The impeachment of the Chief Justice has really upset the apple-cart, forcing them, at long last, to come out of hiding.  The tip of that particular iceberg was the picture which appeared in The Island newspaper that showed several UNP “firebrands” and their more staid colleagues having a great, good time with the President at a dinner (champagne and caviar, anyone?) on a day otherwise noted for its particularly nasty tone in the saga of the Chief Justice’s impeachment.  The cat was truly out of the bag with that one picture speaking far louder than a thousand words!

Given the political bankruptcy of the United National Party, the largest opposition entity, does it leave resistance to the Rajapaksa juggernaut totally rudderless?  I think not.  I believe that, while it might take more time for those opposed to this singularly venal regime to organize formal resistance and an alternative to the status quo, the demise of the UNP has, in fact, removed an impediment to that journey.  The history of Nicaragua, leading up to the removal of Somoza, provides a more-than-appropriate example of what can happen once an opposition like the UNP ceases to exist.

There have been political commentators like Kumar David who have consistently advanced the argument that what is needed is a single-issue leader who can capture the majority of the vote bank, immediately rescind a constitution that does little but subjugate the people of this country, set up a constitutional council that develops a democratic structure – perhaps even a modified version of the Soulbury Constitution which, warts and all, served us well – and then let the political parties loose to contest a general election and form an appropriate DEMOCRATIC government to run this country.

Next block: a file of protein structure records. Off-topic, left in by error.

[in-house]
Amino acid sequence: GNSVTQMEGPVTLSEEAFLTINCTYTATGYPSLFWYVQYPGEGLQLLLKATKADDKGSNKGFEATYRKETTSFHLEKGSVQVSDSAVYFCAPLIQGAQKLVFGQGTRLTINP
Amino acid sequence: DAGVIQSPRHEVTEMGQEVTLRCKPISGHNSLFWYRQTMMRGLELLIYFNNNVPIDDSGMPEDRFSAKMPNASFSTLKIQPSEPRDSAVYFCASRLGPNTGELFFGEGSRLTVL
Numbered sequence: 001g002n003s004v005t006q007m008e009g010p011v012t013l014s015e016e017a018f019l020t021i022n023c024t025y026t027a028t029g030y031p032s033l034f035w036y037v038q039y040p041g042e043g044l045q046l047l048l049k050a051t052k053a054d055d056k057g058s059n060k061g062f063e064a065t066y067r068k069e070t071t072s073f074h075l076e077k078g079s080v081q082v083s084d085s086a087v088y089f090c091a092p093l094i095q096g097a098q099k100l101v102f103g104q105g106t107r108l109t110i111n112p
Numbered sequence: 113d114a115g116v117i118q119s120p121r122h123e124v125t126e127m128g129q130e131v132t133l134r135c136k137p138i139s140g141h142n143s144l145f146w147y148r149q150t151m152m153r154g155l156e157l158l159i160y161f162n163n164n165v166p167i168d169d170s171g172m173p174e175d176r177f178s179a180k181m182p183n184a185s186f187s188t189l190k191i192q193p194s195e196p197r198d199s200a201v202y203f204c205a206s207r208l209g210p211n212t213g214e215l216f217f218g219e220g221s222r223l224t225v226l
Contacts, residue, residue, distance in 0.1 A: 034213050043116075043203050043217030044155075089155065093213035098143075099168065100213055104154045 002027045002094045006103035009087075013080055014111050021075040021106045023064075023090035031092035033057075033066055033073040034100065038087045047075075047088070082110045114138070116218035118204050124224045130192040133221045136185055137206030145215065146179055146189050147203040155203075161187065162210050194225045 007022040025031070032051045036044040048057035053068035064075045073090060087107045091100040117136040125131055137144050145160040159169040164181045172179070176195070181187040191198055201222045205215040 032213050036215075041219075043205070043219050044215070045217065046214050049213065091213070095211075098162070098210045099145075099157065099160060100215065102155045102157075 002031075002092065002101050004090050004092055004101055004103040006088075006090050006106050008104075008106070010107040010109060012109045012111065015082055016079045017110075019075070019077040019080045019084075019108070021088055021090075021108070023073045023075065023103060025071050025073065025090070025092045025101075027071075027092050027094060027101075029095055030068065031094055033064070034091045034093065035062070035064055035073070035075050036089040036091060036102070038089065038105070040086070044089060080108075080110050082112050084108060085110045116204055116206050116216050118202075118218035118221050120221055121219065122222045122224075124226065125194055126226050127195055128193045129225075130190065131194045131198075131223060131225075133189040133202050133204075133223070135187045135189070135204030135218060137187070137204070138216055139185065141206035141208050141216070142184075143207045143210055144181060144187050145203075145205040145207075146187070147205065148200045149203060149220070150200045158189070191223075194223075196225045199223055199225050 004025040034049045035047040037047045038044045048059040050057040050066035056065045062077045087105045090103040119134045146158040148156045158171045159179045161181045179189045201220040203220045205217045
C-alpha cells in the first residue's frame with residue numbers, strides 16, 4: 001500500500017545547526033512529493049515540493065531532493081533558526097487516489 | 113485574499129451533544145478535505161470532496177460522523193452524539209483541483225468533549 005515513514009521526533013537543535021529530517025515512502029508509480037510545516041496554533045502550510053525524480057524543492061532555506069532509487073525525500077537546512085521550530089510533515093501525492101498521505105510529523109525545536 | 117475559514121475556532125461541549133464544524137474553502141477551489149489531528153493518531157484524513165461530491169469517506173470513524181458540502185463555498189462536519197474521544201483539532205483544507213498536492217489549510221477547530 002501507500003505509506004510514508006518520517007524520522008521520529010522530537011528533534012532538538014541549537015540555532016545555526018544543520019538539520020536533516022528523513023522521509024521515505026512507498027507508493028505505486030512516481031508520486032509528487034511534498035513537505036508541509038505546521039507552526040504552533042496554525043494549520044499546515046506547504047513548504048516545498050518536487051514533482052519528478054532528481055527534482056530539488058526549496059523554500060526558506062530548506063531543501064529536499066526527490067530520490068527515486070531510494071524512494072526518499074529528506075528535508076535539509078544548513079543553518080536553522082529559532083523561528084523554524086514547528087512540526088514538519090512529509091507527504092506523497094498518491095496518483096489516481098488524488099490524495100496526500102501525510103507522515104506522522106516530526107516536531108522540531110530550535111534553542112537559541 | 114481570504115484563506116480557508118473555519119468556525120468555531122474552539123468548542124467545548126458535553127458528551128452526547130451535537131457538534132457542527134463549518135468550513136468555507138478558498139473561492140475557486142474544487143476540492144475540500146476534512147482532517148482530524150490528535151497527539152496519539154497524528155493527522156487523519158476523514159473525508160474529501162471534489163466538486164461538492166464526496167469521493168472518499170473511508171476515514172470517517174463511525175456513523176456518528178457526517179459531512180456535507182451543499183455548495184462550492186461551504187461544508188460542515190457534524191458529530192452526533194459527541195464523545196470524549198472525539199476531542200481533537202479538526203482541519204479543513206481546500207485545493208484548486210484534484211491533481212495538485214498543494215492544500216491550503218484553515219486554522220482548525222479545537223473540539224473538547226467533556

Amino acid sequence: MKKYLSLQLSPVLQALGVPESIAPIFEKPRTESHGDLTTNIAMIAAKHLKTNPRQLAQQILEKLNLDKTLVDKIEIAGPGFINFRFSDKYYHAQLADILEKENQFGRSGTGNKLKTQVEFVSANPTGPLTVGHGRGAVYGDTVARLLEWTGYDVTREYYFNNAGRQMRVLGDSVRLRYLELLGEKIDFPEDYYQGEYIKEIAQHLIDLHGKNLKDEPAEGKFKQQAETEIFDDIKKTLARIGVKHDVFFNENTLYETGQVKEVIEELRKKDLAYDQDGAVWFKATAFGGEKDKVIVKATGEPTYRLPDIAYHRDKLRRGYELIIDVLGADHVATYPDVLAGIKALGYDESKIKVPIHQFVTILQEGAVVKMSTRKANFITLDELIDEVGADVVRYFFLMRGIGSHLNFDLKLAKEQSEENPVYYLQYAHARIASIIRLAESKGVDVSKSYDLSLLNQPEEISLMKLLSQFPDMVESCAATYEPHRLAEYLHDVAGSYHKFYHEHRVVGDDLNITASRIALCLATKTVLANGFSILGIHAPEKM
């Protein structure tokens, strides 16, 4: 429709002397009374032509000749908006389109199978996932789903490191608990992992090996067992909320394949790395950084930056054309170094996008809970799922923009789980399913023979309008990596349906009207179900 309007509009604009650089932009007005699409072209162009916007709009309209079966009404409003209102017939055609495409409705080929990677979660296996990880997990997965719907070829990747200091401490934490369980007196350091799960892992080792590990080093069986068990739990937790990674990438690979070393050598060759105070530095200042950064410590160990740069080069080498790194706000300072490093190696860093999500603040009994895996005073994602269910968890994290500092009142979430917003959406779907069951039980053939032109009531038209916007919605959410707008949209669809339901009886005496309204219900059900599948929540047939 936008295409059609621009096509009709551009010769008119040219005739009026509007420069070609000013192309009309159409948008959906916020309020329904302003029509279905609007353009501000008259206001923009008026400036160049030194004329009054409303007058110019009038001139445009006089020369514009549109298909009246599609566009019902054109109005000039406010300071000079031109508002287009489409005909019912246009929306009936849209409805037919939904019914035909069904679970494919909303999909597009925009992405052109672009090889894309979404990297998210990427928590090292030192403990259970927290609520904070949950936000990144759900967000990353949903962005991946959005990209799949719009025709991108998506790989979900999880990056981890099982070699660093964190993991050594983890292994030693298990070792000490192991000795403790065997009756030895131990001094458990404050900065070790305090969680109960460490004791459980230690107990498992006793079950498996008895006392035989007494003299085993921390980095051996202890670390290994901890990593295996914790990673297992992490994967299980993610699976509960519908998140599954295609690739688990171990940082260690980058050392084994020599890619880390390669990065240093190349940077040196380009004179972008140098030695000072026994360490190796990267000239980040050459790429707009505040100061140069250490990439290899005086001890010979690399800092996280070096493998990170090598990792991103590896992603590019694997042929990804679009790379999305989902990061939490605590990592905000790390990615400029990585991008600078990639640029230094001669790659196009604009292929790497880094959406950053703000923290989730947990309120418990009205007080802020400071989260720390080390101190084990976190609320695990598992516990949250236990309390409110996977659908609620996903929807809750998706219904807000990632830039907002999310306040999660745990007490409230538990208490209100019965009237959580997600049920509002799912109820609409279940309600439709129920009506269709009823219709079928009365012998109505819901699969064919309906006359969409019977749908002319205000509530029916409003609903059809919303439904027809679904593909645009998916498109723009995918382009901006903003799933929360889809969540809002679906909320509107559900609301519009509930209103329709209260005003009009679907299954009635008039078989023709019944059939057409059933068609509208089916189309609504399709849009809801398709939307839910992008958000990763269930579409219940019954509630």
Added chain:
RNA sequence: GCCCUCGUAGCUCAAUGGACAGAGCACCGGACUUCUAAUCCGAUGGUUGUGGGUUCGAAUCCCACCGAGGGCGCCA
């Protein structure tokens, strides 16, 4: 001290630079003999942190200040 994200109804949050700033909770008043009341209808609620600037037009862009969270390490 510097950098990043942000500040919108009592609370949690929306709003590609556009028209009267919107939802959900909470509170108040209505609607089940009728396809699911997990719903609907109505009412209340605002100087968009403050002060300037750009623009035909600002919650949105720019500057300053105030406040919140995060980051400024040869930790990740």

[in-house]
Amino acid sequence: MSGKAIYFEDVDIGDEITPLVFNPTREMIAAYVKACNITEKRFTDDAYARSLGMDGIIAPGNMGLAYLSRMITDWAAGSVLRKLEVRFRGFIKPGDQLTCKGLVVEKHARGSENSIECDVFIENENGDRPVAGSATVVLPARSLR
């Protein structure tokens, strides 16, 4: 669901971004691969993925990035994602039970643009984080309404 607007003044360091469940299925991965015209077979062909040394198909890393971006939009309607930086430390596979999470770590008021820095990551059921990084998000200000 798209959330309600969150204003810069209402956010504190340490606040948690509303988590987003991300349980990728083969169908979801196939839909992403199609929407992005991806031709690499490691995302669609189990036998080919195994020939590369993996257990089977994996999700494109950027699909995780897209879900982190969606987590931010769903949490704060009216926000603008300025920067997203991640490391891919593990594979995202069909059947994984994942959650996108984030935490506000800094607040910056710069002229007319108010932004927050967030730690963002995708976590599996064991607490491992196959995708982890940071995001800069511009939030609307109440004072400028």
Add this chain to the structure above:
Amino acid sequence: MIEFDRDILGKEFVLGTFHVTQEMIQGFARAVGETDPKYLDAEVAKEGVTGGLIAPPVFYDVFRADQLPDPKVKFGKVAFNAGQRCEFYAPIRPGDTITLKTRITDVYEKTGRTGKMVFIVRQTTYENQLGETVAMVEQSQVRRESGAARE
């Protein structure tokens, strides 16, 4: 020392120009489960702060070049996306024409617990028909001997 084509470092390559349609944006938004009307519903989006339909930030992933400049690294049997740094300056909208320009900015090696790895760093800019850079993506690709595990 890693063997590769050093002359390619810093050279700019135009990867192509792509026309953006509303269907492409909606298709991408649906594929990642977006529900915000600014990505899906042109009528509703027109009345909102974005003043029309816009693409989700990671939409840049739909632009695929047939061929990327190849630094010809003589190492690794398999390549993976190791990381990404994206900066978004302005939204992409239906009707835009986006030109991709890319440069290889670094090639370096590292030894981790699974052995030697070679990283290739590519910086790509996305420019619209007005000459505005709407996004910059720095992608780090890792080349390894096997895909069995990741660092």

Previously, I have suggested that peaceful resistance is probably the only way to remove this monstrosity of a government that no one wants.  As tough as that road might be to travel, it is the only path open because a violent overthrow will bring us additional grief of a dimension that no one in his right mind wants to see, except, perhaps, for the goon squads of Kiribathgoda.

In the meantime, I would suggest that the title of this column be emblazoned over the entrance to Sri Kotha!

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Latest comments

  • 0

    Mr v der Poorten,

    Peaceful resistance will never work under the prevailing conditions in Sri Lanka. The Rajapaksa brothers have already got the country and it’s institutions in a vice grip. Peaceful resistance will be brutally suppressed, especially now with the CJ under their command. I am not suggesting a violent mass revolution which will certainly result in many deaths but a small group of determined citizens to plan and execute the elimination of you know who. This is the only solution to save the country and it’s people from the Rajapaksas.

  • 0

    United National Party has become Uncles Nephews Potty. We have a character like Mr Bean indulging in various antics much to the amusement of the people. If it was a acting for a show it would be acceptable but when it is a matter of national importance it is a tragedy. Latest episode ‘Mr Bean in Venice’. As reported in DBSJ’s blog.

    While the entire country was watching all agog the impeachment saga, in which the government and the Chief Justice were the main actors, Opposition Leader Ranil Wickremesinghe was playing a duplicitous role behind the scenes, which was known only to a few people.